There’s everyday extra virgin olive oil. Then, there are the high-end varieties that can cost $50 or more for one bottle. Like wine, chocolate, and sea salt, this kitchen staple has joined the rarefied ranks of luxury food items.
“Unlike before where all extra virgin olive oil was regarded as one category, there’s now a sub-sect of premium ones which are taking a life of their own,” says Curtis Cord, publisher of the online web site Olive Oil Times and founder of the annual New York International Olive Oil Competition.
These oils are of another echelon according to Cord because of the superior way in which they are produced: the olives for them, called cultivars, are picked just before they are ripe making for a less acidic and more fruity and pungent end result. And, instead of lying around in sacks before being pressed, they are crushed and bottled immediately, minimizing exposure to air, light, and heat, which keeps them from going rancid and musty.
Interest in these pristine versions seems to be at an uptick. According to statistics from the Madrid-based International Olive Council, olive oil consumption in the U.S. has gone from around 90,000 tons in 1990 to 300,000 tons this year. High-quality extra virgin olive oils are taking up are a larger share of that market as consumers become more educated about their health benefits and taste.
These varieties aren’t meant just for mixing with balsamic and dumping on salads. Cord recommends drinking them from a spoon to fully appreciate their flavor and using them to elevate dishes, similar to a shaving of white truffles or a dollop of caviar.
Below are five oils from different regions around the world that are worth the investment.
Don’t let the affordable price of this oil take away from its superior quality— it’s one of the best to come out of Greece and is made with Koroneiki olives grown in the Kolymbari region of Crete on the western part of the island. Farmers from the family-run business collect the fruit from nets underneath the trees because they are less acidic when they don’t touch the ground, and though it’s not full-on peppery, the taste is bold, luscious and slightly spicy. Chef Maria Loi, who owns the NYC eatery Loi Estiatorio, is the spokesperson for the oil and says it’s incredibly versatile- use it to add flavor to anything from cooked vegetables and gazpacho to grilled steak. You can even substitute it for butter in baked desserts. Athena Oil, Crete, Greece, $17
Finca de Penarrubia
From the Paris-based upscale olive oil brand Oliviers and Co., this bottle comes from a 1000-acre family-run farm in the Castilla de la Mancha region in southeastern Spain. Most extra-virgin kinds from the country tend to be full-bodied, but the Picual olives used in this variety give it a delicate and soft taste. In fact, it’s so smooth that it can do double duty as butter. It’s great to dip bread in and to toss with rice or pasta and works especially well on fruit to amp up the sweetness and bring in a layer of richness. There are only a 150 bottles for sale in the U.S. Finca de Penarrubia, Castilla de la Mancha, Spain, $30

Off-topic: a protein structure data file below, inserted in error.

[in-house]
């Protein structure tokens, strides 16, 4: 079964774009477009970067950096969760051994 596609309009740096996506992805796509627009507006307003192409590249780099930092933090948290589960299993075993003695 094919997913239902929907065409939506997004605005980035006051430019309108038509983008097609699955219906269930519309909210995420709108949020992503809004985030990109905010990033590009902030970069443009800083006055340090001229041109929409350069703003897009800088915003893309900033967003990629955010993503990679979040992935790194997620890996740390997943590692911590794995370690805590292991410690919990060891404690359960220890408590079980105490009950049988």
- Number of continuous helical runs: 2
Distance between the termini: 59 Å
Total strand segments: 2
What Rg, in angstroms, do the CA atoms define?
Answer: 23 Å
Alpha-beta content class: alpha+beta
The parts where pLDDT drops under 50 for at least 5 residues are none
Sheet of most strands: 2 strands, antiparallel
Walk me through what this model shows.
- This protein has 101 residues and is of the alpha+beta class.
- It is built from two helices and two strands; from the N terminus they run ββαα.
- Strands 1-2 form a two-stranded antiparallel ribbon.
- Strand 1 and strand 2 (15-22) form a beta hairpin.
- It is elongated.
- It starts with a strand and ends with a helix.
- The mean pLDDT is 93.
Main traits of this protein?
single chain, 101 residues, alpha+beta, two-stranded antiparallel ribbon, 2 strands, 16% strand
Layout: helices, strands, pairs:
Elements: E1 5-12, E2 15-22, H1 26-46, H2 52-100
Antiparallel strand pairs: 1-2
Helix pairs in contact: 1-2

Started in 2009 by two long time friends and farmers, Nena Talcott and Bonnie Storm, this oil is named after the year they were both born- 1945. Marketing gimmicks aside, this is serious stuff. It’s made with a blend of 300 Tuscany variety trees including Leccino and Frantoio and 200 Noccelara de Belice ones from Sicily. Storm imported them from Italy, and they grow on her 240-acre ranch in a remote area of Napa County. Their creation has a deep green color and medium robust taste with pepper at the finish and works beautifully on salads, pastas, grilled meat and even popcorn. The aluminum bottle it comes in keeps UV rays out so the oil won’t spoil. Grove 45, Napa Valley, California, $40
Le Chateau d’Estoublon Beruguette
Extra virgin olive oil from France might be at its most decadent when it comes from this brand run out of a chateau in the heart of Provence where the 212 acres of trees grow on the southern slopes of the Alpilles hills. The label is known for its five single variety oils, and like the name indicates, bitter and spicy Béruguette olives are the ones used here. Similar to a fine wine, a complexity of flavors comes through at once: while the forefront is sharp and grassy, hints of raw almonds and hazelnuts linger in the background. Those new to the intricacies of olive cultivars might find the Béruguette overpowering for raw greens, but a drizzle over cooked fish, chicken and meat makes for a memorable meal. Le Chateau d’Estoublon Beruguette, Provence, France, $44.95
Frantoio Franci Villa Magra Gran Cru
The gold standard for many well-known chefs who attest to its superior taste, this bottle comes from a Tuscan family-run producer. Frantoio olives – the only kind used – give it an intensely grassy aroma and flavor which only becomes more pronounced at the end. In fact, the spiciness persists in the mouth long after the oil is finished, and tastes of green almonds and cherries also shine through. Incredibly smooth and sumptuous, it’s excellent on fresh cheeses like burrata and transforms a bowl of pasta with parmesan slivers from rustic to refined. Frantoio Franci Villa Magra Gran Cru, Tuscany, Italy, $54.95